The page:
Energy and Water Minister Silvan Shalom was investigated Tuesday morning under caution on allegations of sexual harassment and abuse of authority against a woman who worked for him 15 years ago.
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Shalom gave his version of the events to investigators over two hours on Tuesday, and was then released.
Israel Police and Israel's attorney general opened the investigation on Sunday following complaints by the woman, who worked for him when he served as Minister of Science.
The police tried all day to reach another woman whose name came up as another employee who may have been victimized by the minister. At this point the police have not been able to reach additional plaintiffs. The police said they do not dismiss the accusations made by the woman, claiming that it is not possible to unambiguously disregard it.
The woman making the complaint is not regarded as someone sent by political agents wishing to harm Minister Shalom, according to the police, but they realize that nothing can be done about her complaint. A senior police source said that by the end of the week their investigation will be terminated.
According to the law, the Attorney General holds the authority to open a criminal investigation against a minister in office, if a complaint has been filed against him.
The complainant claims Shalom asked her to bring him some work documents at the Jerusalem hotel where he was spending the night. When the minister opened the door to his room, he was dressed only in a robe. While they were sitting together in the room, the complainant alleged, the minister began making sexual suggestions.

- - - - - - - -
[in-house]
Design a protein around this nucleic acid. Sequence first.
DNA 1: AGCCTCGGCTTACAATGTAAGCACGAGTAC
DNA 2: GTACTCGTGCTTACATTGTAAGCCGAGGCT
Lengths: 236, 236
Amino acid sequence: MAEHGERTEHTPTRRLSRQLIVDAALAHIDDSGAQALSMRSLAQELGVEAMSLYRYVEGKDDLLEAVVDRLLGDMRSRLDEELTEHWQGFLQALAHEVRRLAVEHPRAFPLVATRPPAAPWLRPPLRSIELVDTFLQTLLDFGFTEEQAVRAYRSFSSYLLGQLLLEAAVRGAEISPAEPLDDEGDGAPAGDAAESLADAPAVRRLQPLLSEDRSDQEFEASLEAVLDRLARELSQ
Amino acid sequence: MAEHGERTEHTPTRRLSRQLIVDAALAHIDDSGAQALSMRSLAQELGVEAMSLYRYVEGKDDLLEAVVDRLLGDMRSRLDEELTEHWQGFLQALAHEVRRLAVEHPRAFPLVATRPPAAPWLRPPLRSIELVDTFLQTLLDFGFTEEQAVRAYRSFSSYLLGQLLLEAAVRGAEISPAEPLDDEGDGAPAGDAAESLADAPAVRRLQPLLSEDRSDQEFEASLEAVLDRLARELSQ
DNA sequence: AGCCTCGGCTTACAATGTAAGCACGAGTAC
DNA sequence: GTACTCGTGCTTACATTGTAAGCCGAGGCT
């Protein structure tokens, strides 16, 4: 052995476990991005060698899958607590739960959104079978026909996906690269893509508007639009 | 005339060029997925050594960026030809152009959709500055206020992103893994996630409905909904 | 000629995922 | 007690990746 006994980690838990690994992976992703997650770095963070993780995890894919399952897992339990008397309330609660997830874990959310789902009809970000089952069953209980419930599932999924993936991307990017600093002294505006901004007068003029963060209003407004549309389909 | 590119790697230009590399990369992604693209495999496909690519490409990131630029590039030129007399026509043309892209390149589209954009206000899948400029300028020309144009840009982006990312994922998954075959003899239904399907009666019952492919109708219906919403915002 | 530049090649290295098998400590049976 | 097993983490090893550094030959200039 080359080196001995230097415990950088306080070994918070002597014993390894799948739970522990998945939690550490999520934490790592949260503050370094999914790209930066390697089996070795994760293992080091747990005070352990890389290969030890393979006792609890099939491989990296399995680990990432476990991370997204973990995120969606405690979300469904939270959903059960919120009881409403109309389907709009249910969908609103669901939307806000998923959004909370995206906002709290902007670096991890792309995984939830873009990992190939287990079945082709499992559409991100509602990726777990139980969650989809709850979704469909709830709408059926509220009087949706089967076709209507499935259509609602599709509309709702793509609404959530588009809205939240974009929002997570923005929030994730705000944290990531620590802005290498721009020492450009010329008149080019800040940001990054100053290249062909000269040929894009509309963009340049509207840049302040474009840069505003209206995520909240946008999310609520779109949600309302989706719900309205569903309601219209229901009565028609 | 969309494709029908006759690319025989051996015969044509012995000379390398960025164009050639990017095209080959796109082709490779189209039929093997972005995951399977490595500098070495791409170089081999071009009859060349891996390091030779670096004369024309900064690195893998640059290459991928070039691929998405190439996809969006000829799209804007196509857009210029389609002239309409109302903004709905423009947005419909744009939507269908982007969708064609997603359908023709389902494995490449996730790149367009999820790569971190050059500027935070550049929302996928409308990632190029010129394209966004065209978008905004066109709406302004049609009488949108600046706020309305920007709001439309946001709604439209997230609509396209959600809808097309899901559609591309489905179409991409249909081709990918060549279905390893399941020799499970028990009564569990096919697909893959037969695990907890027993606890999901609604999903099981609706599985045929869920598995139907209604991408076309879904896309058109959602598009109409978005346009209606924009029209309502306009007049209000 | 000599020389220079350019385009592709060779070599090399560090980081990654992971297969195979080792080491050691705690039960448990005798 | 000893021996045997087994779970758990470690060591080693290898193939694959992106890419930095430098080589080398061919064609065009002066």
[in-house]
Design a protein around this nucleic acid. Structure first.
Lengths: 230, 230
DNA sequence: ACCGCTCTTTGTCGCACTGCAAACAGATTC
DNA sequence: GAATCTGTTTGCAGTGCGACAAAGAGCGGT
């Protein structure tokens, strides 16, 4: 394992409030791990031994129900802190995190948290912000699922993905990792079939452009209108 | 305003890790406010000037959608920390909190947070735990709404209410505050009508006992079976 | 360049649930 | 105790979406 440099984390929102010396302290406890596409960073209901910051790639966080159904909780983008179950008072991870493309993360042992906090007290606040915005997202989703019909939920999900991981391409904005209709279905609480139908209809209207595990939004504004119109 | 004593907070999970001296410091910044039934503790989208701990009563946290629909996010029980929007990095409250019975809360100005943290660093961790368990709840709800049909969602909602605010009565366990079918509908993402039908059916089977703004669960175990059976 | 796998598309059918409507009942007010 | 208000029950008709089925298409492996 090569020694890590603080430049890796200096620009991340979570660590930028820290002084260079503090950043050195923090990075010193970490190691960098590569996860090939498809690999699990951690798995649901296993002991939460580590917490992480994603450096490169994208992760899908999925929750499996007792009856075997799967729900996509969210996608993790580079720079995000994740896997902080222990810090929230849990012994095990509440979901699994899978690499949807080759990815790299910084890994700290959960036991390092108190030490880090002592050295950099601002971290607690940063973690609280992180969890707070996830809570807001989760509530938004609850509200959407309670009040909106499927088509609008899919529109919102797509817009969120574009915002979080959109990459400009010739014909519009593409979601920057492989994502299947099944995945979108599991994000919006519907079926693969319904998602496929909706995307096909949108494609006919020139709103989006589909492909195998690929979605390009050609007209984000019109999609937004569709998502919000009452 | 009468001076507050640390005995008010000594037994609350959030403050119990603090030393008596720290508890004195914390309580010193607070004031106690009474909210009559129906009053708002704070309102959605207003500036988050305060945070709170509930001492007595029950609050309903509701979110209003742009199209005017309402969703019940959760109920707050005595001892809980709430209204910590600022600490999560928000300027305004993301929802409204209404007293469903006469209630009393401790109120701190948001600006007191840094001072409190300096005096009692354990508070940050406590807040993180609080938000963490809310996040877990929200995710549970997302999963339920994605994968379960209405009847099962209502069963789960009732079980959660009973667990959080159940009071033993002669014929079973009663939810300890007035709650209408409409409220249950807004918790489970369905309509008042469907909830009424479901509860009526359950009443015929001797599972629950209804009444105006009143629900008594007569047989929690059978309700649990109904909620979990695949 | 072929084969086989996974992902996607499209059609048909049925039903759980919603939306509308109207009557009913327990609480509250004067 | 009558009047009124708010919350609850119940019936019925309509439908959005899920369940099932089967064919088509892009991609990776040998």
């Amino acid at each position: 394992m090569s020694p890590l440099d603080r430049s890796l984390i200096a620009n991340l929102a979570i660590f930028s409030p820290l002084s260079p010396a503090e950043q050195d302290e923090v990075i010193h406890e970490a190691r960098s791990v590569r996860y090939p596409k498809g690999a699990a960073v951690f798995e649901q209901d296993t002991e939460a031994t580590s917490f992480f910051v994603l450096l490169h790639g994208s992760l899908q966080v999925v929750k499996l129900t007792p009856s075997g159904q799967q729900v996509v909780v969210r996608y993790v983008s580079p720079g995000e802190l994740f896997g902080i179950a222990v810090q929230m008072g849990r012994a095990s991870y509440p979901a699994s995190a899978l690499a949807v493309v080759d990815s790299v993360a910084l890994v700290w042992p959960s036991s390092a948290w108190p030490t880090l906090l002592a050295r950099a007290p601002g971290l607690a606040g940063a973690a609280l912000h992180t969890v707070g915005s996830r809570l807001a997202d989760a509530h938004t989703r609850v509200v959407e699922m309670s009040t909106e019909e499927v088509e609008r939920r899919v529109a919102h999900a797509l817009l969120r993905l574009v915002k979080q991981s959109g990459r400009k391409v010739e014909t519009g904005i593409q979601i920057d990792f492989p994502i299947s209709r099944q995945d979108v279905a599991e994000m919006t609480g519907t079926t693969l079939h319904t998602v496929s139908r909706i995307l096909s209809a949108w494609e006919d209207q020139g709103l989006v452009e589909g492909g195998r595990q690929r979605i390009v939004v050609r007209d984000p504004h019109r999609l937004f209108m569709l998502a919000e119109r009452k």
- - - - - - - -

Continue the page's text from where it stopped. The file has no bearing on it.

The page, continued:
According to the complainant, she went to the bathroom to escape the uncomfortable situation in the room. When she re-entered the room, the minister was lying naked on the bed. She made various excuses to avoid his request that she have sex with him, but acceded out of fear to his request that she perform oral sex on him. After that, she left the room.
Shalom's bureau said in response that "Silvan is not familiar with such a complaint or story." The minister's associates claim that the delayed complaint was meant to purposely sabotage his expected candidacy for Israel's presidency.
Attorney Orna Sasson, who is representing the complainant had contacted her several dais after the incident, but explained that "15 years ago, the way women who complained of sexual offences were treated was very different. In those days it was something very unusual. Women rarely complained and, when they did, they went through a very difficult process. I explained to her all the difficulties that she would encounter."
Army Radio sent the complainant for two polygraph tests. The first found that she was being truthful about the events she described, while the results of the second, which took place on Sunday, were mixed.
The findings of the polygraph tests have been transferred to the state attorney and the attorney general.